For local collector, preserving history is all in the labels
You could say Weimar resident Thomas P. “Pat” Jacobsen preserves fruit. But he doesn’t do it in jars; instead he collects and preserves fruit crate labels.
Jacobsen said he started collecting the labels – the colorful art affixed to wooden crates – as decorations in 1979. That set Jacobsen off on a quest that found him canvassing the Pacific Coast for the paper artifacts for the next 25 years. “I’ve built the biggest collection of its kind known,” said the collector, historian, author, musician and stained-glass artist.
His collection, Jacobsen said, includes labels that came from the basements of five of the biggest printers in the West that once operated in San Francisco. Of the 50 lithographic companies that printed the crate labels designed not only to indicate the contents of the boxes but also to attract attention with beautiful illustrations of fruits and vegetables for 120 years, none of them exist today.
Label makers first used the limestone printing method, or lithography, in the 1790s, then in the 1920s switched to offset lithography presses. “I have tens of thousands of labels printed from stone,” Jacobsen said.
The use of crate labels basically ended in 1955, he said. “After the war everybody went to preprinted cardboard boxes.”
Jacobsen’s collection includes many labels from Placer County fruit houses, especially Newcastle, Auburn and Colfax. At one time, there were many orchards at Orchard Springs, where the Bierwagens now farm in Chicago Park, and Jacobsen has a few from Chicago Park and Grass Valley, which he said are extremely rare.
In the 1920s, Jacobsen said, most of the local growers pooled their resources and formed the Colfax Growers Association, the only packing house in town. Fruit was shipped out to the marketplace, in the US from border to border and to other countries as well.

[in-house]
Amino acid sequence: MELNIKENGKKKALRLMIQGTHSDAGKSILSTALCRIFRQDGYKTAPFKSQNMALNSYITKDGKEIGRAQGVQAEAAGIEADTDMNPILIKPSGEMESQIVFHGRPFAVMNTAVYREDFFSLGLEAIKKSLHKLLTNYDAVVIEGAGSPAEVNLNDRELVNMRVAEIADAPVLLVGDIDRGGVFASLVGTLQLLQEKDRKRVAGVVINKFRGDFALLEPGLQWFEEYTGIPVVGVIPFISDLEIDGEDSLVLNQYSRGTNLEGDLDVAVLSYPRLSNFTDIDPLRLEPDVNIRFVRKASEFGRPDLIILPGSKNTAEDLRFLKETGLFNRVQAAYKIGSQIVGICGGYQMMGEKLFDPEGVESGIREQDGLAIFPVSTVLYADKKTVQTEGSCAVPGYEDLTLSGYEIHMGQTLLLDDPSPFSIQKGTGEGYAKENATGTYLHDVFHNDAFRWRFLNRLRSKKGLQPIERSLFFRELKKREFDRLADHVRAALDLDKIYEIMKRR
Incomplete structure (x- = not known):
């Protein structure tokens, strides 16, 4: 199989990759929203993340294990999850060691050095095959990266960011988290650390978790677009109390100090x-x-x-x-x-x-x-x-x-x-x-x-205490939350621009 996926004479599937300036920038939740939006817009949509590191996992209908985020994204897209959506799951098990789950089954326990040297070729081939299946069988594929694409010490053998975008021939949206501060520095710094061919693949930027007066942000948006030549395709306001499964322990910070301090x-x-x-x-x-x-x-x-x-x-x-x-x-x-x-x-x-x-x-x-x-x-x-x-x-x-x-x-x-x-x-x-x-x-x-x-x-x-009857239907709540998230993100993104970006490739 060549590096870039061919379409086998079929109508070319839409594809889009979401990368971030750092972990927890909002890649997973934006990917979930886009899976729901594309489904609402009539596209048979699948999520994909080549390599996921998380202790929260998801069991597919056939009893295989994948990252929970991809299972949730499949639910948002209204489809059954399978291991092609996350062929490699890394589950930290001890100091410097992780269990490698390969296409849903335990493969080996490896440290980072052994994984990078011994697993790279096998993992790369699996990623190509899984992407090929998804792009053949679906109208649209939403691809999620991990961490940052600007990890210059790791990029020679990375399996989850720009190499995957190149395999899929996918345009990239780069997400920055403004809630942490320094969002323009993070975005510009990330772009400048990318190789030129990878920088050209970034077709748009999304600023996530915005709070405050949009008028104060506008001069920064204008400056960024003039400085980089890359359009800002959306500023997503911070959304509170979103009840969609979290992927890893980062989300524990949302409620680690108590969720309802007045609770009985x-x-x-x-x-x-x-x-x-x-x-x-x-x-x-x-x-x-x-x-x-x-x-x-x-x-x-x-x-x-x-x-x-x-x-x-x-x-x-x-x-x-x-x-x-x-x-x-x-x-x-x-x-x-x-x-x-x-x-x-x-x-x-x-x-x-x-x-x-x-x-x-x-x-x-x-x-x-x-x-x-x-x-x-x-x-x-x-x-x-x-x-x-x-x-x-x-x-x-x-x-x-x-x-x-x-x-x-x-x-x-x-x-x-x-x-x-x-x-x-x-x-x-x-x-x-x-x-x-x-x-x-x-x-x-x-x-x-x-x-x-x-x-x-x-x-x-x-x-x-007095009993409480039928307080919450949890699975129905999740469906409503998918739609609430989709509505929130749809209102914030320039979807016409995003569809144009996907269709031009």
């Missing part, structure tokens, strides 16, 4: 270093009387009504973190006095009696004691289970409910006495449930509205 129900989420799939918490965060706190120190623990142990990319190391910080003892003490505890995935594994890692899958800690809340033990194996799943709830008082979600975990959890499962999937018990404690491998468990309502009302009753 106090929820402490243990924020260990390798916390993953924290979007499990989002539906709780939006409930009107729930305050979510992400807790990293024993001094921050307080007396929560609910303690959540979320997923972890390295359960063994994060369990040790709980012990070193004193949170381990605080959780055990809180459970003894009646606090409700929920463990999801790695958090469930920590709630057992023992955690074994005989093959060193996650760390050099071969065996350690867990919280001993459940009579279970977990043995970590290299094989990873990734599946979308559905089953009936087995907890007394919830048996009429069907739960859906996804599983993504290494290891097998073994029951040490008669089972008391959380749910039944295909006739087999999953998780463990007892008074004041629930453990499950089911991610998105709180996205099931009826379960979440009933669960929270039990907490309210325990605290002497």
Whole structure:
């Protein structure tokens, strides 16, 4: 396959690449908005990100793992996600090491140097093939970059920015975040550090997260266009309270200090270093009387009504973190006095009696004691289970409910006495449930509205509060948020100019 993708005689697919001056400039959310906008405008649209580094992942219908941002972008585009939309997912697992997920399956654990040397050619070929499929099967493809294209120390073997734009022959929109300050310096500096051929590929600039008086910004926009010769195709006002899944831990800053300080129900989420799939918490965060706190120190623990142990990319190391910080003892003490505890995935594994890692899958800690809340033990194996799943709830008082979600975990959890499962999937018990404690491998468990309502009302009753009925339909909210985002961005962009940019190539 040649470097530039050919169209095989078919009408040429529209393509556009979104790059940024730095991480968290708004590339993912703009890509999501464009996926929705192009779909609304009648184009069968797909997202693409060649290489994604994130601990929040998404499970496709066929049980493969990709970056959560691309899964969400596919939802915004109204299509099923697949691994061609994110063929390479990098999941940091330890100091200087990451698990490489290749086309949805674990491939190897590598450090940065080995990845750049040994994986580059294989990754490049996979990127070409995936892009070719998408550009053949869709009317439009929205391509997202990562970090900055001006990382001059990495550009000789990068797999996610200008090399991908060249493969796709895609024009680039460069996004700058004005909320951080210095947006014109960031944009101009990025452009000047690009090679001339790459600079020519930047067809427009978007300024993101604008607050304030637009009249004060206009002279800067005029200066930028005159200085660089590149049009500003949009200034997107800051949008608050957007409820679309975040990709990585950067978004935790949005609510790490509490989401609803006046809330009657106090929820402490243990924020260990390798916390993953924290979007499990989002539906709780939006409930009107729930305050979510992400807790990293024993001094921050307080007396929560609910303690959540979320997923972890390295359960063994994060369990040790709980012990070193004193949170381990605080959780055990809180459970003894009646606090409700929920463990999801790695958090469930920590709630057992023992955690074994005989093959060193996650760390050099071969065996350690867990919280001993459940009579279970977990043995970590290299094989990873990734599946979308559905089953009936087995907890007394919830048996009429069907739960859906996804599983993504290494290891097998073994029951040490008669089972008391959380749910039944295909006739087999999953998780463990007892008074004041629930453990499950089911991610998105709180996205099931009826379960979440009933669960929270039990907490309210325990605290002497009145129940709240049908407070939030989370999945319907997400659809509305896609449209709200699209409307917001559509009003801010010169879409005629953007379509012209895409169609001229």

“It was definitely pear country up here,” Jacobsen said, so most of the fruit that was shipped was pears, as well as apples.
“Miners who didn’t make money in the Gold Rush learned that almost everything grew in California soil,” and apples and pears grow well in cold weather, he said. “Many people began to plant local farms and orchards in the foothills … California became a center for pear growing, to the point of over rampant overproduction.” Eventually competition from other states, freezes, repurposing of land, the parasite pear thrip, and other factors caused the industry to diminish.
Jacobsen’s collection provides a window to those days when the fruit industry drove the area’s economy.
A permanent display of Jacobsen’s labels, including some from Colfax, can be seen at the Sierra Market.
A different, temporary display continues to Jan. 1 at Café Luna. Lauren Miller, Café Luna co-owner, said she grew up with fruit crate labels decorating the walls of the kitchen in her Colfax home.
“To me they are really familiar, but there also such a beautiful part of this region’s history,” Miller said. Her customers, she said, have enjoyed seeing the collection and learning about the history of the labels from narratives Jacobsen has posted with the collection.
To see Jacobsen's collection, visit fruitcratelabels.com.